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The sense of agency: A philosophical and empirical review of the ‘‘Who'' system

Abstract : How do I know that I am the person who is moving? According to Wittgenstein (1958), the sense of agency involves a primitive notion of the self used as subject, which does not rely on any prior perceptual identification and which is immune to error through misidentification. However, the neuroscience of action and the neuropsychology of schizophrenia show the existence of specific cognitive processes underlying the sense of agency—the ‘‘Who'' system (Georgieff & Jeannerod, 1998) which is disrupted in delusions of control (Frith, 1992). Yet, we have to be careful in the interpretation of such clinical symptoms, which cannot be so easily reduced to deficit of action monitoring or to lack of action awareness. Moreover, we should refine the definition of the sense of agency by distinguishing the sense of initiation and the sense of one's own movements. A conceptual analysis of the empirical data will lead us to establish the taxonomy of the different levels of action representations.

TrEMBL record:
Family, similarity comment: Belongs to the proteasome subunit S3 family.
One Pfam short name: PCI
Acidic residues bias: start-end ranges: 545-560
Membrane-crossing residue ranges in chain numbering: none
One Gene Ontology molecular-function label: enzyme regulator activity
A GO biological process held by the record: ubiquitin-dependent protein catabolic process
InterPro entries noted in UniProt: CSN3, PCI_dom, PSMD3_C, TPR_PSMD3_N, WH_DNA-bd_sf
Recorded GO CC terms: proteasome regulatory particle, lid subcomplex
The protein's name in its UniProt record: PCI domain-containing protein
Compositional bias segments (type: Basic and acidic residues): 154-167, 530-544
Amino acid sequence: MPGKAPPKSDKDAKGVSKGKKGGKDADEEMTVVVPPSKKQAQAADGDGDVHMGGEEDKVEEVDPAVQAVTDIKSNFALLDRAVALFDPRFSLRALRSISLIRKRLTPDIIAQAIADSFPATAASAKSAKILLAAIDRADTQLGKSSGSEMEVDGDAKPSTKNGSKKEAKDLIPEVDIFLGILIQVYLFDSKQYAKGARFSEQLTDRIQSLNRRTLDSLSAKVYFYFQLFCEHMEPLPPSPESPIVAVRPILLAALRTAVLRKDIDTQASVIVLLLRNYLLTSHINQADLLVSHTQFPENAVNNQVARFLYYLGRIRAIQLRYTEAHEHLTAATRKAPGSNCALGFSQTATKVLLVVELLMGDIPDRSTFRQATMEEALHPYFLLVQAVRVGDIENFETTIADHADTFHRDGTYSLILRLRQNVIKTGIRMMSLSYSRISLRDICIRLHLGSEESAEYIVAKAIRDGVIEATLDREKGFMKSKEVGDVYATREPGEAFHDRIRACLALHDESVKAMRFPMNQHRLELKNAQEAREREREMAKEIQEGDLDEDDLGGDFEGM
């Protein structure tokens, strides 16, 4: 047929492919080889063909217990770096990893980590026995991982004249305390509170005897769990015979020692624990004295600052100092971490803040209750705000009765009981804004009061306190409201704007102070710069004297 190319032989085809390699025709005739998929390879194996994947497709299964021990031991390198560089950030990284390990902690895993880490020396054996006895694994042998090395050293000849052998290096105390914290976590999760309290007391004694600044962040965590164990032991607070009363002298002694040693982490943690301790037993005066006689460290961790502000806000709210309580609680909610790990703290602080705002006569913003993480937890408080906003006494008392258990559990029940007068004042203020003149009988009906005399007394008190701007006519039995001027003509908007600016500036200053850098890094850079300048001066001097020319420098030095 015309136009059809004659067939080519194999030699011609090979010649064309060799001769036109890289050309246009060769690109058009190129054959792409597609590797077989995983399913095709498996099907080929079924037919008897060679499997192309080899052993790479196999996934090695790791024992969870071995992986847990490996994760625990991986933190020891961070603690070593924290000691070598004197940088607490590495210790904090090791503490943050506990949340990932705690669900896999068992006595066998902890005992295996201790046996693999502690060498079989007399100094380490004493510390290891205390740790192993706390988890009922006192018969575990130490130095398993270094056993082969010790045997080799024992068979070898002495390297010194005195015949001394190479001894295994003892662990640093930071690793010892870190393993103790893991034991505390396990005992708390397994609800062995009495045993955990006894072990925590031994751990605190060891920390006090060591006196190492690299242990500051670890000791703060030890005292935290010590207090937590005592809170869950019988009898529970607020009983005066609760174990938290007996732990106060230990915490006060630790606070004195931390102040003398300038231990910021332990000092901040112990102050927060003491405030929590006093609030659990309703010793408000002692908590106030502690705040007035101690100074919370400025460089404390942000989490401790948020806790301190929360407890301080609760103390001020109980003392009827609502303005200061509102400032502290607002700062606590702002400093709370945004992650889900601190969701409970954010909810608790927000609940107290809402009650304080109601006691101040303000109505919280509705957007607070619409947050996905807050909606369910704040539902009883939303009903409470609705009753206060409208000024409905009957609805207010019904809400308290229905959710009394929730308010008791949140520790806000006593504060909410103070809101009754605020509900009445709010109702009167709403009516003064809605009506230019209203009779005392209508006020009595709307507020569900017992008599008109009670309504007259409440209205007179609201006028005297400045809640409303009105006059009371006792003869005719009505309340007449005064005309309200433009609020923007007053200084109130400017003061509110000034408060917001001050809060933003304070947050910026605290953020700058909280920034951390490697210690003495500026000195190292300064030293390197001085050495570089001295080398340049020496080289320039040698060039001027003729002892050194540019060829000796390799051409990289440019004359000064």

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Contributor : Frédérique de Vignemont <>
Submitted on : Wednesday, September 5, 2007 - 11:42:31 AM
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  • HAL Id : ijn_00169846, version 1



Frédérique de Vignemont, Pierre Fourneret. The sense of agency: A philosophical and empirical review of the ‘‘Who'' system. Consciousness and Cognition, Elsevier, 2004, 13, pp.1-19. ⟨ijn_00169846⟩



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